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I hate the way DH loses his temper with Dc

(23 Posts)
wakemeupnow Tue 25-Feb-14 17:48:00

Long history of difficulties with DS1 exacerbated by Dh reacting impulsively and being argumentative. Ds2 who has always been calm and reasonable and is a lovely 15yr old has now just walked out saying he's not coming back till the weekend because Dh has once again got annoyed and lost his temper at him.

Whilst I agree that Ds' are sometimes annoying and need talking too. I can't bear the way Dh overeacts and heats the situation up. It brings loads of unnecessary stress into our lives and I've had enough.

Dh was recently away working and it was so peaceful with no arguments at all. He's only been back 3 days and Ds has packed his bag and walked out sad.

I can't bear to see Dh destroying his relationship with his sons. he has done a lot of work on himself to improve things but it's just not enough. He's not physically violent just really quick to react to any annoyance and tends to throw petrol on any inflamable situation !

uiopw Tue 25-Feb-14 17:56:22

sorry to hear that. can you tell us more? An example maybe? Otherwise it is difficult to comment.

Goblinchild Tue 25-Feb-14 17:57:02

Where has DS2 gone? Somewhere safe I hope.
What happened to DS1? Still with you or gone too?
I did this a number of times as a teenager, and my father was an immature bully that my mother always supported. Never violent, but verbally aggressive and always needing to be top dog.
What do you want to happen here?

I was estranged for a long time, but my father mellowed as the years passed and we now have a good relationship. Took until I was thirty though.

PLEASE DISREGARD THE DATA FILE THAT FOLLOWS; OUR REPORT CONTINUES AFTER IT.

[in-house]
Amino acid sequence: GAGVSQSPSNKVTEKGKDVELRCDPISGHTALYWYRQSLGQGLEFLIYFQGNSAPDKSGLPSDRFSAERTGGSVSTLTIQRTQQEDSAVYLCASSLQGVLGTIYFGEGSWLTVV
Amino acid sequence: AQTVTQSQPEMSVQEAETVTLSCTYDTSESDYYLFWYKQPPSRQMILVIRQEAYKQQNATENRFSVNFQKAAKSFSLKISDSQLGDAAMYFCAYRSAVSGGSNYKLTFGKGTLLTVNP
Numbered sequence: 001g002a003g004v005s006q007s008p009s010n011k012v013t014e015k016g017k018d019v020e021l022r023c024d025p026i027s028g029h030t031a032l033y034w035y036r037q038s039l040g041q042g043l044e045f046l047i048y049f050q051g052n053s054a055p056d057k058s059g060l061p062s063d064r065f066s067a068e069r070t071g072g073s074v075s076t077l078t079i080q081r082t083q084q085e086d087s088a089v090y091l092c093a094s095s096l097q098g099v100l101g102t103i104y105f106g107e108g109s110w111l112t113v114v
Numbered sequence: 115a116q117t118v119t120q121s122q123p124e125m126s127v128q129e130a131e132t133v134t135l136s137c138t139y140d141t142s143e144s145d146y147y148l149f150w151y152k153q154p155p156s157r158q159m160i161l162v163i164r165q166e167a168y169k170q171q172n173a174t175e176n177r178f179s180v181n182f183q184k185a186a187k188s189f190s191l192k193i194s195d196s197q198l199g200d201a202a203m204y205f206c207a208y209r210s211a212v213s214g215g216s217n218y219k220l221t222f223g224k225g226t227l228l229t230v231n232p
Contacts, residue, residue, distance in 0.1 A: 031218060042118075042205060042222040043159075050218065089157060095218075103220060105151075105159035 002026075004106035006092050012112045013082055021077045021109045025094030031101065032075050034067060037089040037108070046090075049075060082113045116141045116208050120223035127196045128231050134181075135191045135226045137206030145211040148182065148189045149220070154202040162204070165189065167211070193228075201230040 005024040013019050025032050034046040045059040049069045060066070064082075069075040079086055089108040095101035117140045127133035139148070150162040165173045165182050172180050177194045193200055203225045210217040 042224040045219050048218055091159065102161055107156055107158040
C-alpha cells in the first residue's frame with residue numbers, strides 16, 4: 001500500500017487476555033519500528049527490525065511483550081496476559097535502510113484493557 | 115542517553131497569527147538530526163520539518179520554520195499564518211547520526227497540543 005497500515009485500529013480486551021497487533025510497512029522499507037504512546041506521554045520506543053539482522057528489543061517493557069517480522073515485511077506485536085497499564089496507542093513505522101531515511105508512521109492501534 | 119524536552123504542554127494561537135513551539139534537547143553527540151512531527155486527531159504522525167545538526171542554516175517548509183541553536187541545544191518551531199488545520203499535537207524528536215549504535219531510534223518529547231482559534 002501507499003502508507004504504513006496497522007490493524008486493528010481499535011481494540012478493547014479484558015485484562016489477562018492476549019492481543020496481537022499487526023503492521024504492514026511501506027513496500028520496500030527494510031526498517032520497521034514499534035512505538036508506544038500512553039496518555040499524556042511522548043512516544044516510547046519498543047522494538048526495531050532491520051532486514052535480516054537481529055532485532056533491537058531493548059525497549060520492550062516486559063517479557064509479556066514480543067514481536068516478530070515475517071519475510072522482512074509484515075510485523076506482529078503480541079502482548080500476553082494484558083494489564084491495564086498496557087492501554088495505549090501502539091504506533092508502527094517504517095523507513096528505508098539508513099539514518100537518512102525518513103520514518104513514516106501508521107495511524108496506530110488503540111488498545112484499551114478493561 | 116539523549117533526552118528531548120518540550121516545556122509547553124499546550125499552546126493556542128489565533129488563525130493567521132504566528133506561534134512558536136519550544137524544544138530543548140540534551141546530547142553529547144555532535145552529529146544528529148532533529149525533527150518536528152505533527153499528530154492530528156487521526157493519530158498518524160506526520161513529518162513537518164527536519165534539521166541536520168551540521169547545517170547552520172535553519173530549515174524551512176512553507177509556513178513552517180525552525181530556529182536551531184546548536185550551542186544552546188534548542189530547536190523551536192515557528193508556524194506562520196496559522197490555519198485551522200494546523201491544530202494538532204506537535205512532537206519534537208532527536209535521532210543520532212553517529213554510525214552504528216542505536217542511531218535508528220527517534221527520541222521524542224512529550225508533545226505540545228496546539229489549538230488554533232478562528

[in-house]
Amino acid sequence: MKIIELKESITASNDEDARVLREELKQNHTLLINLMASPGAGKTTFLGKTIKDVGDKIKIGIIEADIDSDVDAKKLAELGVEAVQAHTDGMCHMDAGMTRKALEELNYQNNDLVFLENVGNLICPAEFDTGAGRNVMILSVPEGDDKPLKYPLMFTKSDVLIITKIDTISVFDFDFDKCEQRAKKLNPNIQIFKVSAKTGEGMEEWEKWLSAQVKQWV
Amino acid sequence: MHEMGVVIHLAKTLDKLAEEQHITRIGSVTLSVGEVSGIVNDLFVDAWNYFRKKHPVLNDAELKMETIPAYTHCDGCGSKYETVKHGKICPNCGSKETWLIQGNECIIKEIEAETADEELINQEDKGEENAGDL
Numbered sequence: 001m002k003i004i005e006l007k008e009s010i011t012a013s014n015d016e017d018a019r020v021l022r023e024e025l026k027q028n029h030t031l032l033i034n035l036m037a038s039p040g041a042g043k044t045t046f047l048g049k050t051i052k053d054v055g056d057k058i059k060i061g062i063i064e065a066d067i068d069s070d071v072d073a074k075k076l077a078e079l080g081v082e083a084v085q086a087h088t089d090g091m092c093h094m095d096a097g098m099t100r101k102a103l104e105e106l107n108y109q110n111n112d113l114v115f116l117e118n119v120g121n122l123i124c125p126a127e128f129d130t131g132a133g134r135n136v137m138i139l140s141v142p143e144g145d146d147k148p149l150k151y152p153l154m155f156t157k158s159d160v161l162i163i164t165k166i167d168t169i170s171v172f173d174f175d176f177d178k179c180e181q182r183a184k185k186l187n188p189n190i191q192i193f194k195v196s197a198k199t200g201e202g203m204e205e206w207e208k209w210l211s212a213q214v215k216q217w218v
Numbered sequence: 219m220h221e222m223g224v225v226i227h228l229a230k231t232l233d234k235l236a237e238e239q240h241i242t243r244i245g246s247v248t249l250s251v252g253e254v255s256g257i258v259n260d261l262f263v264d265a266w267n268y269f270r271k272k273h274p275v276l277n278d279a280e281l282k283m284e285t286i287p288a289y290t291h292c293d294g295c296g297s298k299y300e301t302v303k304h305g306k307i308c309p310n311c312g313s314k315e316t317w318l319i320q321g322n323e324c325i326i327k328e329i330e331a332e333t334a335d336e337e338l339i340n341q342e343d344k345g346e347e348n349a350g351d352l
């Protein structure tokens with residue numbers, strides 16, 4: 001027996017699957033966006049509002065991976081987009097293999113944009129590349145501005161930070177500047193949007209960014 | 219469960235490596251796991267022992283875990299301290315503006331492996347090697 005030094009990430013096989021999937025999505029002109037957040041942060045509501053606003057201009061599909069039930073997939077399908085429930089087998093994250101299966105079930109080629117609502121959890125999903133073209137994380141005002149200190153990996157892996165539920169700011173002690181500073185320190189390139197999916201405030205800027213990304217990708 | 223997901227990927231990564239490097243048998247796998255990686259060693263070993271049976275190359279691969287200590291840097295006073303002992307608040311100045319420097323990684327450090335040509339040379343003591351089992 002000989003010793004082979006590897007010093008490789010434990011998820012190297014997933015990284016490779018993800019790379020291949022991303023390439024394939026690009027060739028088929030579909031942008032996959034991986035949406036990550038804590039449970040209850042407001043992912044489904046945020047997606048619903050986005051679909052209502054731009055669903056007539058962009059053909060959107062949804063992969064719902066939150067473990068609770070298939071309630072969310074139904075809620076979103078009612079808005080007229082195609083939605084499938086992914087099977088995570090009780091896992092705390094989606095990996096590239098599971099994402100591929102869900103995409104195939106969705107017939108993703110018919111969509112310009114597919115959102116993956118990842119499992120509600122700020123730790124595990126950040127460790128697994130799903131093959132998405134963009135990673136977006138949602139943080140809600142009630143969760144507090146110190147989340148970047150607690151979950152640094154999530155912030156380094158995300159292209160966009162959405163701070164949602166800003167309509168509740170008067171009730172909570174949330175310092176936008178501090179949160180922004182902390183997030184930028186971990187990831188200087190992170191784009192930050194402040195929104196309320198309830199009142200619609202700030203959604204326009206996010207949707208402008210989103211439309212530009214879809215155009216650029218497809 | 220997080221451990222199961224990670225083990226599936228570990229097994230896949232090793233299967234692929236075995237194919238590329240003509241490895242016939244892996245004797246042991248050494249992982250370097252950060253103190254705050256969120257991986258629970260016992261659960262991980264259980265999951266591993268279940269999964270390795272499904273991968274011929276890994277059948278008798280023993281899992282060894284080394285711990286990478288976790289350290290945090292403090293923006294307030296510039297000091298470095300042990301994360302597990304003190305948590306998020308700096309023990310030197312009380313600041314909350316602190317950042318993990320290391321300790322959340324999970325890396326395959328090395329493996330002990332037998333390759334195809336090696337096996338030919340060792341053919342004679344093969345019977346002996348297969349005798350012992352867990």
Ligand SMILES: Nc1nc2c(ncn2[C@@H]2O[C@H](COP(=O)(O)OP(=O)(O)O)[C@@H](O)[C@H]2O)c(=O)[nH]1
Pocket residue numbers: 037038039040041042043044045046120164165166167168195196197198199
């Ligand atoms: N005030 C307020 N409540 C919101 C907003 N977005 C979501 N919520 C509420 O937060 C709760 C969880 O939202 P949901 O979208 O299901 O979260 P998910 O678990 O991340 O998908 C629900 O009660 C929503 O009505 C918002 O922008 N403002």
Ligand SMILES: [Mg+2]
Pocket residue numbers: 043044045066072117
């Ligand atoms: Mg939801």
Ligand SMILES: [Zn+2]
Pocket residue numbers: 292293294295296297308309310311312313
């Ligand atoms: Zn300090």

Because I wouldn't tolerate being bullied, so he either had to cope with no relationship or him controlling his temper and modifying his need to be the Top Bull. I walked out numerous times as an adult on visits, every time he lost the plot.
Mum made her choice too, her DH over her DC. That was easier to manage, once she realised that our relationship was between the two of us.

wakemeupnow Tue 25-Feb-14 18:08:41

Ds has walked to the village where he has friends . I'll ring him in abit and offer to go and pick him up. He was angry and upset and i thought the walk might give him time to think. I'm sure he's safe.

Ds1 has left home..

I don't support Dh behaviour but mine's a very difficult role to play as I know the ideal is to give Dc a united front. I just get to play the peacekeeper sad and try to calm situations down.

Example tonight. Ds has an activity he does for pleasure but it involves getting home late. Dh was setting off to drive as he had to drive into town anyway. DS decides he's too tired and would prefer not to go. He had already told me this but I kind of ignored it thinking he'd get into it once he set off. DH ,on hearing this, slams on breaks so car emergency stops, shouts his head off at Ds , Ds escapes car....

Goblinchild Tue 25-Feb-14 18:13:44

Yup, sounds like flashback time for me.
Mum played the peacekeeper, dad raged and roared and controlled.
Your DP has already had some anger management stuff, hasn't he?
He needs more counselling or he won't keep a relationship with eithr DS going. Is your DH in the forces BTW?